Netrunner/Windows 8 Dual Install - 'grub-eti-amd-64-signed' package failed to install

Netrunner 14 Frontier edition was attempted to be installed as a dual boot next to Windows 8 on an HP Pavilion G6 (64bit) laptop during a Netrunner live session, and the graphical install proceeded without error until the completion of the install programme, which was immediately followed by an error message:

The ‘grub-eti-amd-64-signed’ package failed to install into /target/. Without the GRUB boot loader, the … system will not [boot?].

(I can’t read my own note properly!) The md5sum had computed fine. The laptop was not connected to the internet. The partition changes that were offered during the ‘guided’ choice of install, if I have recorded this correctly, showed that sda4 shrunk from 442.9gb when only Windows 8 was installed to 278.7gb with Netrunner; sda5 - ntfs - 471.9mb; sda6 - ntfs - 367mb; sda7 26.9gb (=root?), and the screen was perhaps just slightly cut off to the right of that.

Of note perhaps is the only error message that had appeared prior to launching the install program; it had appeared immediately after the live session of Netrunner had completed launching:

…‘desktop.preload’ or ‘preload.desktop … failed to launch’ (or so).

This message didn’t appear at any time during the two prior live sessions that I had conducted. These two live sessions were launched by installing the Netrunner .iso using the Universal USB Installer (UUI) instead of the installation software suggested in your installation webpage for Windows, Win32DiskImager, as it failed to ‘create’(?) a ‘label’ in my case and the install onto the pen drive couldn’t proceed from there. The two first live sessions were flawless until I couldn’t complete a download during the second session because, I suppose, the ‘persistent storage’ facility in UUI may have got full, if I understand this properly. I had had success with the UUI installer when launching those two live sessions of Netrunner, as well as Linux Mint, and success also with live sessions of other distros on my other PC when Unetbootin unfortunately didn’t display my pen drive as a drive option.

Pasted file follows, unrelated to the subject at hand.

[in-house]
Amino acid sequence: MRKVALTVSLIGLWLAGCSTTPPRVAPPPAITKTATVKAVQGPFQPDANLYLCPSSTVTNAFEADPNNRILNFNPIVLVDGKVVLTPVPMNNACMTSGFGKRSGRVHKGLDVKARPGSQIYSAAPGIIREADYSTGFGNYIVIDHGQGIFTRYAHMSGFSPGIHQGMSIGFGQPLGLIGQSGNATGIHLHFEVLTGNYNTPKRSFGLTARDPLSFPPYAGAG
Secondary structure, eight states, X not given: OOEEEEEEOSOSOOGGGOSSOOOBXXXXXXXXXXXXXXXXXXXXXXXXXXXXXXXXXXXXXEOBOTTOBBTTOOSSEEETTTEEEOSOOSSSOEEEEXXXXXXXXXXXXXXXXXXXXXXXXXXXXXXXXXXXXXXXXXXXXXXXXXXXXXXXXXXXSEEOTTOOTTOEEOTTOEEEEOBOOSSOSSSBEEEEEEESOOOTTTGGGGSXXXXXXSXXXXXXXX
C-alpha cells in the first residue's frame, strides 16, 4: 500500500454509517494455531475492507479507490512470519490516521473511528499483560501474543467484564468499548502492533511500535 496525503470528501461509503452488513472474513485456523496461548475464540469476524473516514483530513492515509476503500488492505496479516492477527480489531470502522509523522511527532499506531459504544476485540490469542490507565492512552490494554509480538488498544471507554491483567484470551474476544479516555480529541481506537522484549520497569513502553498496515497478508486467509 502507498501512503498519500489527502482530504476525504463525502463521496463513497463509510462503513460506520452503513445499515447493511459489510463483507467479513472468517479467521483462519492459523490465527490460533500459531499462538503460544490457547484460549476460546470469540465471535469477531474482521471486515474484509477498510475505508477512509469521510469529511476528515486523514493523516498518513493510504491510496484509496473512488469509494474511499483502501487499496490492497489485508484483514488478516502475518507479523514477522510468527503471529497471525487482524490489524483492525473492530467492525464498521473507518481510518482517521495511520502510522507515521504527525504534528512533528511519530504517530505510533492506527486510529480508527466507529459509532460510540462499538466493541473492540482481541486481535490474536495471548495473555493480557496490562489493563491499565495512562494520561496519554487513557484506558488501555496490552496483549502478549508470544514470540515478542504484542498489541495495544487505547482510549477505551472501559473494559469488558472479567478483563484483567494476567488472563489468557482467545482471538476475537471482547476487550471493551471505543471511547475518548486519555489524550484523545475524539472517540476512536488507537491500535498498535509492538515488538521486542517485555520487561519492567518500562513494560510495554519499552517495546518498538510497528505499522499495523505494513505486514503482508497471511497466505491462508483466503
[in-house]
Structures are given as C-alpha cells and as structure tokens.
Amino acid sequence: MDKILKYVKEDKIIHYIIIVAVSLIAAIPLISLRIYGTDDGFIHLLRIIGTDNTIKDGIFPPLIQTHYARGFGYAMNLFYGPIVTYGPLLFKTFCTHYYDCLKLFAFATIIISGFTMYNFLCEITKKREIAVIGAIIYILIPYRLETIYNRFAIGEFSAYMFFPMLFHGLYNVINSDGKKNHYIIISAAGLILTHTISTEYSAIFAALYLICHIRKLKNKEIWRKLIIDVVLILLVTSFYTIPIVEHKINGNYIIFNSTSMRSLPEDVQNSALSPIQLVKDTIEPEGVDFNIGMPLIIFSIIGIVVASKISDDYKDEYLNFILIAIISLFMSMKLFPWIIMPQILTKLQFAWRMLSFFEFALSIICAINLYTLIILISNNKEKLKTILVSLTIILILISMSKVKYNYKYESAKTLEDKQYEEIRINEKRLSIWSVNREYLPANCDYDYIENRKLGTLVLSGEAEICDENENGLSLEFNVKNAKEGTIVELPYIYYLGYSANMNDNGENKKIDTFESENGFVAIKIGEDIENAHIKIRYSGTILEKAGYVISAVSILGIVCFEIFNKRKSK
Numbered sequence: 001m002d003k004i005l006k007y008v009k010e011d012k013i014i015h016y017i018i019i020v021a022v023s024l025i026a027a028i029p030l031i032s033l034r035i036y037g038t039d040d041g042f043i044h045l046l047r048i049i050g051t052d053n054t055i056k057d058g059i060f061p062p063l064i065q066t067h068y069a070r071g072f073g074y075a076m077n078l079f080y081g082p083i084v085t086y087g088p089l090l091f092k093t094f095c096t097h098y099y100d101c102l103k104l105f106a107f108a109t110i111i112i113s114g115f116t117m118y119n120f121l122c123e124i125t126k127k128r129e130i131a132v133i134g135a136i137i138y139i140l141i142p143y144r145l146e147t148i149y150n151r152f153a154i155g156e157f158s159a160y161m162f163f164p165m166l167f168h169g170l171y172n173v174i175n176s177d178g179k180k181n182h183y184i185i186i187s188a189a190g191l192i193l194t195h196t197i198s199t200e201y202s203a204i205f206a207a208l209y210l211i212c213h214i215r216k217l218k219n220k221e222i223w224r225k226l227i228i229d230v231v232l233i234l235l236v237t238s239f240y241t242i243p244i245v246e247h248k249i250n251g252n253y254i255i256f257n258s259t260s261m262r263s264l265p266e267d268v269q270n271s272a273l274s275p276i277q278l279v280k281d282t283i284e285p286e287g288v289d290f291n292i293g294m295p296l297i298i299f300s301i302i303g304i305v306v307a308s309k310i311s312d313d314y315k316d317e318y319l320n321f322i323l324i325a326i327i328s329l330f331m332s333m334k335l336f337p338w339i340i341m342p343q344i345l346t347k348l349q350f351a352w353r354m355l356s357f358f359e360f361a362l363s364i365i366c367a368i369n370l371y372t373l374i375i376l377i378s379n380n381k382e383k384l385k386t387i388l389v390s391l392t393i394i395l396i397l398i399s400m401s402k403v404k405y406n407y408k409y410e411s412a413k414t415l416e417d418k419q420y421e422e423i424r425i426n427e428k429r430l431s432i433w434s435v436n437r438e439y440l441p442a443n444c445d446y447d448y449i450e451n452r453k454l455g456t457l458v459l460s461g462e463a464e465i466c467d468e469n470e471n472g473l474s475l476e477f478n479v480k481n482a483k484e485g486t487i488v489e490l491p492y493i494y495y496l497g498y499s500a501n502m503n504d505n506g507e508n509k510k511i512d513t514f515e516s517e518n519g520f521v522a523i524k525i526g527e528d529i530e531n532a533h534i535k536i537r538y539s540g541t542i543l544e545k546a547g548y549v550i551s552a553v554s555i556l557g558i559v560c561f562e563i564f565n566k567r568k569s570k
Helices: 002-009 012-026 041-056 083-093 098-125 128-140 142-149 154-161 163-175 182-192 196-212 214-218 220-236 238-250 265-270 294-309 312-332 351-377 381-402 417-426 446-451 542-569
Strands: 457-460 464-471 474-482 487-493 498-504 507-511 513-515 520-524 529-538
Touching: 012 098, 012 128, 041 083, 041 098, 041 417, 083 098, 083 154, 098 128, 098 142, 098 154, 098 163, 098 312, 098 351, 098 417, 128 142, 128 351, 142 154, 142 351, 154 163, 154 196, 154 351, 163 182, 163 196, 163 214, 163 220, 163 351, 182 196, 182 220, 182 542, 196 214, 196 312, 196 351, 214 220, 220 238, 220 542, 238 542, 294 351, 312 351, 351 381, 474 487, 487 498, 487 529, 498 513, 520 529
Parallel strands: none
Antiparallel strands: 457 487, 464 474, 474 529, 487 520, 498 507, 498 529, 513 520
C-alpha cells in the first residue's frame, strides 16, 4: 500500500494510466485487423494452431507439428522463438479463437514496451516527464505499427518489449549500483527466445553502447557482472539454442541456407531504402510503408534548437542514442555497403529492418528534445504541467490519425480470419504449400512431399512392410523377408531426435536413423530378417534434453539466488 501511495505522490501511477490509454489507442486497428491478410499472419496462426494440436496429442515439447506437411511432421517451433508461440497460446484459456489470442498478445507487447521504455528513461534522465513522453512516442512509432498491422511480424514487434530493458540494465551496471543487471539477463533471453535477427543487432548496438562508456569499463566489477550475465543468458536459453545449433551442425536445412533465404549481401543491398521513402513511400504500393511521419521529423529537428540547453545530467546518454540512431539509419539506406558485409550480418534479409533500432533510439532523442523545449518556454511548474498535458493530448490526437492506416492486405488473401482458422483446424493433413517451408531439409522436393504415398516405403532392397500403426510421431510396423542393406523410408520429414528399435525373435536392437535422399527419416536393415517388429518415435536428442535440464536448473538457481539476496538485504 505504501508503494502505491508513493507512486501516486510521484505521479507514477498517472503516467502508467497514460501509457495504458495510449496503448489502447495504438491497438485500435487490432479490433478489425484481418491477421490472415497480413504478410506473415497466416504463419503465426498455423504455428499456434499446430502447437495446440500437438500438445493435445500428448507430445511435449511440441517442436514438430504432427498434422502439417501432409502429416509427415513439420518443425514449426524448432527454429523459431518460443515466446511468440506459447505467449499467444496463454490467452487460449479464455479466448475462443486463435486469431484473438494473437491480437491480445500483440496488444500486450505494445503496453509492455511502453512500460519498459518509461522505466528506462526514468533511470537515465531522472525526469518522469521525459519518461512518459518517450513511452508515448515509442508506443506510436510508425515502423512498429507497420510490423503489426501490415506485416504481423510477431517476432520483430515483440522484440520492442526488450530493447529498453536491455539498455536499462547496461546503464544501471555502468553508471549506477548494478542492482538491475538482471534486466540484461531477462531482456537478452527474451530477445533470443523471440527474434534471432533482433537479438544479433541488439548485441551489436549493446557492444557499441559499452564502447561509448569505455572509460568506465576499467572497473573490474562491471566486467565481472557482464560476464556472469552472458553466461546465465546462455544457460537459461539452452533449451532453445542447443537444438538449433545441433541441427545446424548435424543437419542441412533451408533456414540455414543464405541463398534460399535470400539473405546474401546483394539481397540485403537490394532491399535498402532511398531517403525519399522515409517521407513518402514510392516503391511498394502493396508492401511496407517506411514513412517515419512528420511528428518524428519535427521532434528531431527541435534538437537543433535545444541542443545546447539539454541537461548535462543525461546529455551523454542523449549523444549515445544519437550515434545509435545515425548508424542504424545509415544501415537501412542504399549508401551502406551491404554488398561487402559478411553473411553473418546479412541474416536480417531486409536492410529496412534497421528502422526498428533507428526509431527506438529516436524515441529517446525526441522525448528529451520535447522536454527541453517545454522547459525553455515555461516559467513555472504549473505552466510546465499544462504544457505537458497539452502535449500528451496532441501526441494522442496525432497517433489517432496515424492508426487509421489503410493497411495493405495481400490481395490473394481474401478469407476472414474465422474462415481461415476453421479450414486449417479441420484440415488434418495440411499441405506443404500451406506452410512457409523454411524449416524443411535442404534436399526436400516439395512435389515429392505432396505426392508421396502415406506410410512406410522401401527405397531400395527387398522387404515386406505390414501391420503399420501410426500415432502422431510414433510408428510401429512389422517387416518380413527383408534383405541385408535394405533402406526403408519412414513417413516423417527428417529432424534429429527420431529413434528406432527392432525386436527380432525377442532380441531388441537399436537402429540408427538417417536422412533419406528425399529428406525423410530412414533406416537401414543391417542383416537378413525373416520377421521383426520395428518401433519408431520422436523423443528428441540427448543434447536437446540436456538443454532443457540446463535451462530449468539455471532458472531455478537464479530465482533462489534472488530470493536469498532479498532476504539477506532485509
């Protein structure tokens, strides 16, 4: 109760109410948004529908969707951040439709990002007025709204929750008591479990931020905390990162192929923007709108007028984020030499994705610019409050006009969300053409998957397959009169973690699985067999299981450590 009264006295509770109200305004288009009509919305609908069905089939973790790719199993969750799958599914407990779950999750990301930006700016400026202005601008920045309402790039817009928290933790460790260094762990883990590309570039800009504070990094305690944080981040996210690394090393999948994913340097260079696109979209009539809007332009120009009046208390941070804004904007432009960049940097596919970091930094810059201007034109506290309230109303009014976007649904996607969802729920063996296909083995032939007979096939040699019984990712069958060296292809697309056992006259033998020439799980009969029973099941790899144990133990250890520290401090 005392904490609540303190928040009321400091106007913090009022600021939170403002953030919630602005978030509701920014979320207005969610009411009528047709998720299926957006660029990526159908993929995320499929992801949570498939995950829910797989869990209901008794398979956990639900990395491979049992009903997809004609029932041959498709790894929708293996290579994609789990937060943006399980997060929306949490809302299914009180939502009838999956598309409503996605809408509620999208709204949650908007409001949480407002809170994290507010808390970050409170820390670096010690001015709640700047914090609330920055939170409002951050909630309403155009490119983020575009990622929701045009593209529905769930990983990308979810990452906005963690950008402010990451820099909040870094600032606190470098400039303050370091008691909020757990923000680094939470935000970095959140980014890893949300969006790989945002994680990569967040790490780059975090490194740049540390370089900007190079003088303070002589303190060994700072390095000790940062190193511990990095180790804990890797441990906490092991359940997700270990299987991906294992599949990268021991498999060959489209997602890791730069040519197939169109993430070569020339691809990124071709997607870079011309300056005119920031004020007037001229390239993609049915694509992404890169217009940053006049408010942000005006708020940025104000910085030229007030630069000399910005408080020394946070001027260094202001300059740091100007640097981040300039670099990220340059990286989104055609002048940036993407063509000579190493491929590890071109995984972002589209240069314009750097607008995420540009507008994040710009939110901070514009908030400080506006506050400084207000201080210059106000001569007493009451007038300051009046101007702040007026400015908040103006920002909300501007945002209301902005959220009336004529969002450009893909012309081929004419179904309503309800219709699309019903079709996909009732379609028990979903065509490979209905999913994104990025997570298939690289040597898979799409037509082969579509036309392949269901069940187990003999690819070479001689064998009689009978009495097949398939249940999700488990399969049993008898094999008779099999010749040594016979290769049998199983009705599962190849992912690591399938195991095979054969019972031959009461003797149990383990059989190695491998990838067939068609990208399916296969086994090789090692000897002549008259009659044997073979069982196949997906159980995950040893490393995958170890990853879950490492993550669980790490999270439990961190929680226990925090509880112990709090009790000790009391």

To start the third live session, the image was burned onto the pen drive for the second time using UUI again after doing a full (not quick) reformat of the pen drive. I suppose that the failure of Win32DiskImager to ‘create’(?) a ‘label’, as well as the ‘desktop.preload’ error and/or the GRUB error may have occurred due to the fact(s) that:-

(a) maybe I didn’t install (or later run) Win32DiskImager as an administrator, if that has any bearing; or

(b) if I remember correctly, I think that when installing or launching Win32DiskImager there were some error messages about not being able to copy some files or so; or

(c ) my USB ports are sometimes not working up scratch since my laptop was dropped and landed directly onto the plugged-in wireless mouse dongle; Windows 8 message often says: ‘USB device not recognized’ […] ‘Windows does not recognize it’ and some devices sometimes (but rather rarely) don’t get recognized on any of the other two USB ports when in Windows 8, although on the other hand, the USB port that got damaged can often read off my android phone using a USB lead, and pen drives (such as the one I used when installing Netrunner) as well as my wireless mouse with its dongle often appear to function sufficiently well.

When the GRUB error message above appeared, I attempted to shutdown/restart by clicking on the icons, but they didn’t respond - perhaps because Netrunner might be wisely programmed to not shut down when there is the prospect that “Without the GRUB boot loader, the … system will not [boot?]”, but I don’t know. Netrunner is an excellent experience anyway, having distro-hoped quite a bit until I got this Windows 8 laptop (vendors could make a mint by selling PCs that come packed with Linux instead and without some sort of so-called ‘secure boot’, I suppose), and so I look forward to using Netrunner!

I did not have an active internet connection at home at the time of this attempted install (only dialup, but this laptop does not have a dialup modem hardware), so I couldn’t bash an error message to your developers then, and I couldn’t consult with you or with the internet at the time to check how to proceed, so I powered down the laptop. I immediately powered up, but I can’t remember what happened next:-